Editorials

Listen up, IFF: Idahoans should get what they voted for with Prop 2

Voters wait Tuesday for a voting booth to open up at the District 19 precinct at Riverglen Junior High School in Northwest Boise. A polarized national political climate and the citizen-proposed Medicaid-expansion measure on Idaho’s ballot likely contributed to extraordinary voter turnout, a Boise political scientist says.
Voters wait Tuesday for a voting booth to open up at the District 19 precinct at Riverglen Junior High School in Northwest Boise. A polarized national political climate and the citizen-proposed Medicaid-expansion measure on Idaho’s ballot likely contributed to extraordinary voter turnout, a Boise political scientist says. doswald@idahostatesman.com

Idaho voters went into last week’s election fully informed on Proposition 2, the Medicaid expansion initiative.

Backers and opponents did a good job of explaining both the benefits and consequences of the measure. On Election Day, Idahoans overwhelmingly passed Prop 2, giving it 60.6 percent of the vote.

That’s a powerful and convincing statement of support.

Idaho residents should now get what they voted for. Those who fought the proposal should accept and respect the results and not attempt to win through the courts what they lost at the ballot box.

And yet the Idaho Freedom Foundation, which waged an anti-Prop 2 campaign, announced after the election it will continue trying to derail the expansion. In announcing plans for a legal challenge, IFF President Wayne Hoffman declared the vote “was not the last word on the subject,” and a spokesman for the group said, “This isn’t over.”

It must be. Taxpayers should not have to bear the cost of defending a lawsuit aimed at subverting the will of the people.

While not offering any details, Hoffman said in a press release the IFF may challenge Prop 2 on constitutional grounds. That’s a sketchy proposition.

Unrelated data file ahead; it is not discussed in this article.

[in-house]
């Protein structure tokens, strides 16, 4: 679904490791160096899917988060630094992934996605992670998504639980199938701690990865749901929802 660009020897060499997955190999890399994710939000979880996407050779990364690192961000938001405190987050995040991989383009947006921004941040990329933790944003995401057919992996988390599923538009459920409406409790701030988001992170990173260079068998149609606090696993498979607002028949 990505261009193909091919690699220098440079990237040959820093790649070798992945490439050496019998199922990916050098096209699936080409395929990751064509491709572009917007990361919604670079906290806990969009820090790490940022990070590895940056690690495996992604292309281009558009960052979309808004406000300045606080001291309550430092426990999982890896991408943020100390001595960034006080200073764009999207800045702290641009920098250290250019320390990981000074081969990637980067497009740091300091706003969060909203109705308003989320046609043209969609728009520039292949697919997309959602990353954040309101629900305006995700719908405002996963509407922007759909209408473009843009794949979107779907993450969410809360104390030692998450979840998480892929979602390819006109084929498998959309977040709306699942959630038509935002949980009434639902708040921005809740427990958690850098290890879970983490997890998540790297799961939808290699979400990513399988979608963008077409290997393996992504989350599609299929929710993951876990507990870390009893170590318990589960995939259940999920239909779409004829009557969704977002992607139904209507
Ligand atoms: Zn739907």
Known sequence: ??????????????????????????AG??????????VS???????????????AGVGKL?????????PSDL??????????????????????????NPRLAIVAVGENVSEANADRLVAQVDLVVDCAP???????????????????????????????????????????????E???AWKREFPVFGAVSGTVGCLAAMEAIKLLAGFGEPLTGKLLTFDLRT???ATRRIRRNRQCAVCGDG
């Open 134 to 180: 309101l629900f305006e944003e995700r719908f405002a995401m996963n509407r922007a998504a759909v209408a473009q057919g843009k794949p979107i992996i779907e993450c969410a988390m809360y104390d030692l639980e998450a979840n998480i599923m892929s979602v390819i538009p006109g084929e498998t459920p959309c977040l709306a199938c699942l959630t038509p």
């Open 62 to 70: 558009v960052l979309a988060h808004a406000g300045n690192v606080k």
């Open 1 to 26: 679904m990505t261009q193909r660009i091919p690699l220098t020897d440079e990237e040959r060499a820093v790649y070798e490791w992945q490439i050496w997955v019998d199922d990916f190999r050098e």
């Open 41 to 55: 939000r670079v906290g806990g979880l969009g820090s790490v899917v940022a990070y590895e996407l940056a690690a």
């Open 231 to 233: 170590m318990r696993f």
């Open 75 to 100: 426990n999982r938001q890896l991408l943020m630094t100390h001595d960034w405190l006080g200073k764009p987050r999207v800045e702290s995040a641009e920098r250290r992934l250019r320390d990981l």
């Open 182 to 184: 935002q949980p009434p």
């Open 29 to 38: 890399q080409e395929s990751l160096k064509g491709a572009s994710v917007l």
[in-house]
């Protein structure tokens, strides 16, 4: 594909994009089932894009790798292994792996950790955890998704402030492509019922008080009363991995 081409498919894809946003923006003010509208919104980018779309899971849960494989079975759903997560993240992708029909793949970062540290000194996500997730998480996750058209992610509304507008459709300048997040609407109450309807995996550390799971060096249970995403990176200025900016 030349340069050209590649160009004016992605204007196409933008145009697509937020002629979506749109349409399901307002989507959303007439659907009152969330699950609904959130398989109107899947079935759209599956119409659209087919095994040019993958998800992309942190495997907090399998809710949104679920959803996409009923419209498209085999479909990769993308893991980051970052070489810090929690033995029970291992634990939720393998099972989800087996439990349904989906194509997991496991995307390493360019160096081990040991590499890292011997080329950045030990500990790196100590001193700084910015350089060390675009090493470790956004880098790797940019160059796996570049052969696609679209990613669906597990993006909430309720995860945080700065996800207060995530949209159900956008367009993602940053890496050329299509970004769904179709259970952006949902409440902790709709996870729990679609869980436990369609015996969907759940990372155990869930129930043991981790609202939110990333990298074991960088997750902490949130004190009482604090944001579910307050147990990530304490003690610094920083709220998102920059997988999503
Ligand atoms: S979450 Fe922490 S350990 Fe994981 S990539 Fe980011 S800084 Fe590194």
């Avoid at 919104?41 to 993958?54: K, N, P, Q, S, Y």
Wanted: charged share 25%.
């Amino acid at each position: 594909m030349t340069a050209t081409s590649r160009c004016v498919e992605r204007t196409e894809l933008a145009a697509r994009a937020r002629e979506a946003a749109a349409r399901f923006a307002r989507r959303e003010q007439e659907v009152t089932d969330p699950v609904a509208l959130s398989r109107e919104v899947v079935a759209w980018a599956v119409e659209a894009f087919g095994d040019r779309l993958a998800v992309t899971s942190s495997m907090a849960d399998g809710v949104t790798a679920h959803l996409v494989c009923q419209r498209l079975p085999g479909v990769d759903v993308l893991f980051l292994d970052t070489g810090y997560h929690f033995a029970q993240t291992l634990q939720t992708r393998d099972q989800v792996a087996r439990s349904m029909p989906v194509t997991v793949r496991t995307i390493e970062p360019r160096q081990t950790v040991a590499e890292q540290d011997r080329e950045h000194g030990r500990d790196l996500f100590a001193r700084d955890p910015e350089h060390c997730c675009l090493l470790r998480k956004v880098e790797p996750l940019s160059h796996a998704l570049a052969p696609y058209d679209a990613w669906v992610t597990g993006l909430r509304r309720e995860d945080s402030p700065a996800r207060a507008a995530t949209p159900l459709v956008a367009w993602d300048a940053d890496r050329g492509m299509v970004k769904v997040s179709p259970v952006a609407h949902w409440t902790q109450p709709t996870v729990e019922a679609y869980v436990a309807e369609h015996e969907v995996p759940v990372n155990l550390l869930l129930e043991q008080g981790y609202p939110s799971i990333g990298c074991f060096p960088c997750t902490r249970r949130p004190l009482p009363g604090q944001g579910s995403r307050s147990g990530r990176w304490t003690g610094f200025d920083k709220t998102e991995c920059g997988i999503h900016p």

Apparently the freedom to vote in overwhelming numbers for an initiative placed on the ballot by a large number of Idaho voters is not a freedom the Idaho Freedom Foundation supports. If it cannot support the very basis of our system of government, majority rule at the ballot box, one wonders what it does support. Perhaps it is a freedom that is only present if Idaho voters agree with them.

Medicaid expansion may indeed turn out to be bad policy, as Hoffman contends. But that does not put it afoul of the state Constitution. Given that there are no civil rights issues involved, the IFF can expect a skeptical reception from the courts, which traditionally are reluctant for any other reason to deny citizens the policies they adopt through the amendment process.

Hoffman has written that Prop 2 cedes local control to the federal government and the Idaho Department of Health and Welfare. But again, 365,000 people in Idaho used their votes to say they are OK with that.

The Idaho Freedom Foundation has no business trying to protect voters from themselves. The state Constitution gives voters the right through the direct democracy process to set or change policies.

They did so with Prop 2.

The Medicaid expansion should be implemented the way voters intended. If it doesn’t work out, they can go back to the ballot box.

But the people have spoken. The Idaho Freedom Foundation and the courts should heed what they said.

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